The concept of rewilding chal- Rewilding complexecosystems REVIEW SUMMARY REWILDING Rewilding complexecosystems

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    Rewilding complex ecosystems Andrea Perino*, Henrique M. Pereira*, Laetitia M. Navarro, Néstor Fernández, James M. Bullock, Silvia Ceauşu, Ainara Cortés-Avizanda, Roel van Klink, Tobias Kuemmerle, Angela Lomba, Guy Pe’er, Tobias Plieninger, José M. Rey Benayas, Christopher J. Sandom, Jens-Christian Svenning, Helen C. Wheeler

    BACKGROUND:Rapid global change is creat- ing fundamental challenges for the persistence of natural ecosystems and their biodiversity. Conservation efforts aimed at the protection of landscapes have had mixed success, and there is an increasing awareness that the long-term protection of biodiversity requires inclusion of flexible restoration along with protection. Rewilding is one such approach that has been both promoted and criticized in recent years. Proponents emphasize the potential of rewild- ing to tap opportunities for restoration while creating benefits for both ecosystems and societies. Critics discuss the lack of a con- sistent definition of rewilding and insufficient knowledge about its potential outcomes. Other criticisms arise from the mistaken notion that rewilding actions are planned without consid- ering societal acceptability and benefits. Here, we present a framework for rewilding actions that can serve as a guideline for researchers and managers. The framework is applicable to a variety of rewilding approaches, ranging from passive to trophic rewilding, and aims

    to promote beneficial interactions between society and nature.

    ADVANCES: The concept of rewilding has evolved from its initial emphasis on protecting large, connected areas for large carnivore con- servation to a process-oriented, dynamic ap- proach. On the basis of concepts from resilience and complexity theory of social-ecological sys- tems, we identify trophic complexity, stochastic disturbances, and dispersal as three critical com- ponents of natural ecosystem dynamics. We propose that the restoration of these processes, and their interactions, can lead to increased self-sustainability of ecosystems and should be at the core of rewilding actions. Building on these concepts, we develop a framework to design and evaluate rewilding plans. Alongside ecological restoration goals, our framework emphasizes people’s perceptions and exper- iences of wildness and the regulating and material contributions from restoring nature. These societal aspects are important outcomes and may be critical factors for the success of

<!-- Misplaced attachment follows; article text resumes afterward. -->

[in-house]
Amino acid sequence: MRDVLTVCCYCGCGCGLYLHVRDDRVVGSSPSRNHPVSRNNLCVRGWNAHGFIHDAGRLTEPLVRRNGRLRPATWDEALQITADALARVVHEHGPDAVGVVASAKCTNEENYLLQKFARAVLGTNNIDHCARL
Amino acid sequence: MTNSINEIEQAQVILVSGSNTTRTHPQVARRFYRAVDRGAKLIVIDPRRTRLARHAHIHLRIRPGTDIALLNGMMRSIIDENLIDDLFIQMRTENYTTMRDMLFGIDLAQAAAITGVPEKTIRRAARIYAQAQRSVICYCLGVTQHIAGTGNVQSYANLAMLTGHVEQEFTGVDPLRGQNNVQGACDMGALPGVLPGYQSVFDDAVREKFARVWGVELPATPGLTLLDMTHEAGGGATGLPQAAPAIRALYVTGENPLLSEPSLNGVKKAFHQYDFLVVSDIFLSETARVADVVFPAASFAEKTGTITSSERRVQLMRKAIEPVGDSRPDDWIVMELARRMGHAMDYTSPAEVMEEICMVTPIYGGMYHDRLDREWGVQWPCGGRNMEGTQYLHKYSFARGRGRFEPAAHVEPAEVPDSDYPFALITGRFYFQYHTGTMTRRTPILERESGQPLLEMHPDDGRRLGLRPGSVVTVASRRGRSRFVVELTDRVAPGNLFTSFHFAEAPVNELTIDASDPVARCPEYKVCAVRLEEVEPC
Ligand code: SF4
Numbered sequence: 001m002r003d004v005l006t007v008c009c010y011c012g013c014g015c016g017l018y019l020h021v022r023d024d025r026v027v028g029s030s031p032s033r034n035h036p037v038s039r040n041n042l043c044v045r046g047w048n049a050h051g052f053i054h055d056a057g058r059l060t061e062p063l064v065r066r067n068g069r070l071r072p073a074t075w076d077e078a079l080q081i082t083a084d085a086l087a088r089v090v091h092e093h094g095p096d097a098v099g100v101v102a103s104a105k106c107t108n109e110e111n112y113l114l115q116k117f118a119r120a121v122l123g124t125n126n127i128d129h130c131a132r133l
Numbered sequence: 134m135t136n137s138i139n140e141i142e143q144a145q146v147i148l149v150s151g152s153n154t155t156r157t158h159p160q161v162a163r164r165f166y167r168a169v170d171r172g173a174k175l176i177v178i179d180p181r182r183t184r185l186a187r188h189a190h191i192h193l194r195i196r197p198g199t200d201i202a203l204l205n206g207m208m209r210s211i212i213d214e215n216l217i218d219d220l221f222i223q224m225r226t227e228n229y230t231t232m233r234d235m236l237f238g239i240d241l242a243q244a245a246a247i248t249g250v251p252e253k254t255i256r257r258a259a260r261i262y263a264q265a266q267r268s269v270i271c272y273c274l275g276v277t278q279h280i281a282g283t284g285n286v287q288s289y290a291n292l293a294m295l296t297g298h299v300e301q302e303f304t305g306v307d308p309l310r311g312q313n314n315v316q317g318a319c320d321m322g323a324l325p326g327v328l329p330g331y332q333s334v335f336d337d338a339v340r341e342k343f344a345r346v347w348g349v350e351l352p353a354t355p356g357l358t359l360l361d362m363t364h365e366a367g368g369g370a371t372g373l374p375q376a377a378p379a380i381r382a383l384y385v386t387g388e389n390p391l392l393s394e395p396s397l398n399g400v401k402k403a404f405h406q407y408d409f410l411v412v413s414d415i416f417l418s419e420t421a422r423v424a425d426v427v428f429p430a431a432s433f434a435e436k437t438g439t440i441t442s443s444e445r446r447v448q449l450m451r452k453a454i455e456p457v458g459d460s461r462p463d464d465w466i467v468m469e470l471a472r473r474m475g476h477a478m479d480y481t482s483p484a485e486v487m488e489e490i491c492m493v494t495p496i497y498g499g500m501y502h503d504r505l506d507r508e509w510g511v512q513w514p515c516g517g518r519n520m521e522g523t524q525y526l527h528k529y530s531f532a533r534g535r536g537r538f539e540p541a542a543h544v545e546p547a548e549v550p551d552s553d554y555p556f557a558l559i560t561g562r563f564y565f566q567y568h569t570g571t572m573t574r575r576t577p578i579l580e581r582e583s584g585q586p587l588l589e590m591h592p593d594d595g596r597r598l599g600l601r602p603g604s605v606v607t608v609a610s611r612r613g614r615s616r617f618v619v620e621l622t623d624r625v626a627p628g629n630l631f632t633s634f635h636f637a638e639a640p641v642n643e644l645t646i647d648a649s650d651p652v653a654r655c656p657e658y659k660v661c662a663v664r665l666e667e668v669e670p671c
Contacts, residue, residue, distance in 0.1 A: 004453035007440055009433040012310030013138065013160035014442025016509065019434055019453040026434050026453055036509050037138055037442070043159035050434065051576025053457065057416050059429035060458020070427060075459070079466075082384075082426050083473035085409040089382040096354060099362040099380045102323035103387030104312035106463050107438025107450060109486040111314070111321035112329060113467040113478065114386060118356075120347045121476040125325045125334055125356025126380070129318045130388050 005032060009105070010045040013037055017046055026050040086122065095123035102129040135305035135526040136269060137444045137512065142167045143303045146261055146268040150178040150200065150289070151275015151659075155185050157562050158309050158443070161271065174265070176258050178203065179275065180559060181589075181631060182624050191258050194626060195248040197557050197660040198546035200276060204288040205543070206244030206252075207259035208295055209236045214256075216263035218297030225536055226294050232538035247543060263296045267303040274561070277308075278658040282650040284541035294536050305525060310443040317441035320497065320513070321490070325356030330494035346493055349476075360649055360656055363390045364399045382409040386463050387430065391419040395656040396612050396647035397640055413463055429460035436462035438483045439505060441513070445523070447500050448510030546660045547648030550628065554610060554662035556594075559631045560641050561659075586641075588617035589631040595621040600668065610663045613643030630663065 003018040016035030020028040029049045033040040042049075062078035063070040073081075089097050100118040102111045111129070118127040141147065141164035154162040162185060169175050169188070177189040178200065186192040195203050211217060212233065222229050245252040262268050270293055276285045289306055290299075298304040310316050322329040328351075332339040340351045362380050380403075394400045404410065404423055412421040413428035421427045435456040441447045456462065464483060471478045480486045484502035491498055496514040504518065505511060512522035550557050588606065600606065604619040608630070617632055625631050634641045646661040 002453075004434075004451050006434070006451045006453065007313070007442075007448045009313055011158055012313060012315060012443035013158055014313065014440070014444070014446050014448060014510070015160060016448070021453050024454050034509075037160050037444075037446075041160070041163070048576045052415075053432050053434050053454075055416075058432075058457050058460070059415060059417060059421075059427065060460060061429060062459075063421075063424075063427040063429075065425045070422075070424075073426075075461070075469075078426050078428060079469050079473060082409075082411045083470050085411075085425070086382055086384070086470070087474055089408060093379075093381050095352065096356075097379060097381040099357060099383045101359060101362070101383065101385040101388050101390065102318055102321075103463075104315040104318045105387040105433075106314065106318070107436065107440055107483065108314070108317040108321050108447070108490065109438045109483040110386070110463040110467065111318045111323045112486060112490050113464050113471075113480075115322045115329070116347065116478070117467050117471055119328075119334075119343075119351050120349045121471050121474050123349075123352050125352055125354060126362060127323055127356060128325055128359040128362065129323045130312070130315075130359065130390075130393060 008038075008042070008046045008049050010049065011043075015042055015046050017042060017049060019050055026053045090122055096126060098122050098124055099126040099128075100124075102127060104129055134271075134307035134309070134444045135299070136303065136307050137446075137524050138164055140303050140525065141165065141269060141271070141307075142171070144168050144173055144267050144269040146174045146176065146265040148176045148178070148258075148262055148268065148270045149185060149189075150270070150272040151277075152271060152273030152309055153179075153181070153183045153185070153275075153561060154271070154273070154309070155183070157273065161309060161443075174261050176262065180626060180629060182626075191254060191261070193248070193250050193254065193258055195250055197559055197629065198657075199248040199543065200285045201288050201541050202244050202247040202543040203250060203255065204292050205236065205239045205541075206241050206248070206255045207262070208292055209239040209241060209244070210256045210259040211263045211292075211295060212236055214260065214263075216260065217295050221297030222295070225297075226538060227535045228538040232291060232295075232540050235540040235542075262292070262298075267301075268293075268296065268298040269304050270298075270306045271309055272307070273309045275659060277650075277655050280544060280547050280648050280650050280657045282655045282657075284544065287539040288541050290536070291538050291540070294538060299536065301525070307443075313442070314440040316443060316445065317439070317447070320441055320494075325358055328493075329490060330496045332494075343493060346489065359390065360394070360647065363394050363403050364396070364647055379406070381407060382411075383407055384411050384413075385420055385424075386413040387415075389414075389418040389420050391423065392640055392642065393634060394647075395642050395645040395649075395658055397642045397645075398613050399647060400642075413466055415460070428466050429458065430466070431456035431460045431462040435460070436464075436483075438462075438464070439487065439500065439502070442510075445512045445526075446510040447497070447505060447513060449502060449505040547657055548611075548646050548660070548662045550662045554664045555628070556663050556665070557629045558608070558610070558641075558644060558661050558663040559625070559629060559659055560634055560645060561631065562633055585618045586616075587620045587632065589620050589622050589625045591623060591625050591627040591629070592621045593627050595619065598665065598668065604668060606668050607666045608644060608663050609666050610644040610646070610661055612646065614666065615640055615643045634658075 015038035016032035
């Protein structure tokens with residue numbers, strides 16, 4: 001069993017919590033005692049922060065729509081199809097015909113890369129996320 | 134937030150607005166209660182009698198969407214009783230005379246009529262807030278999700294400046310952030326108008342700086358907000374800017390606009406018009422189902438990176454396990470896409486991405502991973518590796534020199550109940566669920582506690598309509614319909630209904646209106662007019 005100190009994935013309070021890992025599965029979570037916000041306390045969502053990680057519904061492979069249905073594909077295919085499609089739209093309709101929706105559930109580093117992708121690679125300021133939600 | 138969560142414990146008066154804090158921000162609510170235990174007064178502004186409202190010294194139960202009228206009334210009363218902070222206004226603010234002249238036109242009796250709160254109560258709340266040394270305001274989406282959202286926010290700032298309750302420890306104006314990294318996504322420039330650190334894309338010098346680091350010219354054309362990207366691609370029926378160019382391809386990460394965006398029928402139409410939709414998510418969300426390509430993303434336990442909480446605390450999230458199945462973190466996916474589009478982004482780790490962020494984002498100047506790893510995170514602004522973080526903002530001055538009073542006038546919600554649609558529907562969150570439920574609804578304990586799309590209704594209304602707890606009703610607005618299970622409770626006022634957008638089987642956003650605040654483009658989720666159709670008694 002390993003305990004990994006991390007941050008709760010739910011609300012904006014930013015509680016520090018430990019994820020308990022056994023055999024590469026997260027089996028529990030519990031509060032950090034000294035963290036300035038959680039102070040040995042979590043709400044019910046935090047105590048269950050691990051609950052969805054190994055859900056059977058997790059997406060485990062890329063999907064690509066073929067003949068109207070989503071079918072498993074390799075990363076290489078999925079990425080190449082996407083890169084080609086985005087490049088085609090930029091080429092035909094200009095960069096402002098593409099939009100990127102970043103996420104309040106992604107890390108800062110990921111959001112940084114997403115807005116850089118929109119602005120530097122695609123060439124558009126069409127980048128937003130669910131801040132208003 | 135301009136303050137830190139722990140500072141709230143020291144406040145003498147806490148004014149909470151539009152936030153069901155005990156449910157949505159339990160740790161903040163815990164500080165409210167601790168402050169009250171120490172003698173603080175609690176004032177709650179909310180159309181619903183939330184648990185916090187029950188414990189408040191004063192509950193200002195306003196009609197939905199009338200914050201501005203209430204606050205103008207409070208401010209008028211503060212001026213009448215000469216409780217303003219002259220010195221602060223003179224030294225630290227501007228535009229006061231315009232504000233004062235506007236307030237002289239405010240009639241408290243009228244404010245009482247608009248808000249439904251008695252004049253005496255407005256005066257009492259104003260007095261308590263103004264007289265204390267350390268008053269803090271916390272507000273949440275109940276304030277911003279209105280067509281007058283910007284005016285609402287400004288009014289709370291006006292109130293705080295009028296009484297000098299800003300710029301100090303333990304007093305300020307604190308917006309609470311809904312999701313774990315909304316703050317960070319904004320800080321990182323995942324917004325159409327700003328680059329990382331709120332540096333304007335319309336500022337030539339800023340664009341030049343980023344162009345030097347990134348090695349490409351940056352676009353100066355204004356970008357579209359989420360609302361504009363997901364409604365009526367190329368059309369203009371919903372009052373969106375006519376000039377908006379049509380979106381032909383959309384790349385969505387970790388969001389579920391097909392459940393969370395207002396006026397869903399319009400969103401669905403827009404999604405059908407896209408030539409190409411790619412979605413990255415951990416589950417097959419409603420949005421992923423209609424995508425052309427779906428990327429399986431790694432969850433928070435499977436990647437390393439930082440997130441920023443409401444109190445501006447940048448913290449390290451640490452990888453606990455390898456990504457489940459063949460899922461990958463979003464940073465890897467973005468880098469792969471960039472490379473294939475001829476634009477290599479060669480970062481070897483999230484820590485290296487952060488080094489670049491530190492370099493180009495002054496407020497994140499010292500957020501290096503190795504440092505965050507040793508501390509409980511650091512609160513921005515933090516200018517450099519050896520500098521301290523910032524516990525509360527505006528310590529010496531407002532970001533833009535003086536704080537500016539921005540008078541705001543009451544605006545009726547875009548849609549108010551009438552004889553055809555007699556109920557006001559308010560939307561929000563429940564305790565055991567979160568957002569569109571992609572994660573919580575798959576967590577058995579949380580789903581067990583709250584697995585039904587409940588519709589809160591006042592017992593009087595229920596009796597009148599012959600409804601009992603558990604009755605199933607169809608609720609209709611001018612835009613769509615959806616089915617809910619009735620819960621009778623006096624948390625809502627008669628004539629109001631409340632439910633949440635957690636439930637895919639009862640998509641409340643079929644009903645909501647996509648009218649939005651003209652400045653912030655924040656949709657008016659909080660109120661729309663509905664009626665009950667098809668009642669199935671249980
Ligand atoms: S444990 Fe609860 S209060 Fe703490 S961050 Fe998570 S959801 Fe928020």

rewilding initiatives (see the figure). We fur- ther identify current societal constraints on rewilding and suggest actions tomitigate them.

    OUTLOOK: The concept of rewilding chal- lenges us to rethink the way wemanage nature and to broaden our vision about how nature will respond to changes that society brings, both

    intentionally and unin- tentionally. The effects of rewilding actions will be specific to each ecosystem, and thus a deep under- standing of the processes that shape ecosystems is

    critical to anticipate these effects and to take appropriatemanagement actions. In addition, the decision of whether a rewilding approach is desirable should consider stakeholders’needs and expectations. To this end, structured restoration planning—basedonparticipatoryprocesses involv- ing researchers, managers, and stakeholders— that includes monitoring and adaptive manage- ment can be used.With the recent designation of 2021–2030 as the “decade of ecosystem restora- tion” by the United Nations General Assembly, policy- anddecision-makers couldpush rewilding topics to the forefront of discussions about how to reach post-2020 biodiversity goals.▪


    Perino et al., Science 364, 351 (2019) 26 April 2019 1 of 1

    The list of author affiliations is available in the full article online. *Corresponding author. Email: (A.P.); (H.M.P.) Cite this article as A. Perino et al., Science 364, eaav5570 (2019). DOI: 10.1126/science.aav5570


    Stochastic disturbancesTrophic complexity

    Environm ental risks

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    Human-wildlife conflicts


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    Ecological state Contributions from nature Societal outcomes can be assessed by mapping positive and negative impacts on nonmaterial, regulating, and material contributions from nature.

    Restoration of ecological processes can positively influence their interactions – e.g., species diversity and trophic complexity can be increased if dispersal to new ecosystems is possible.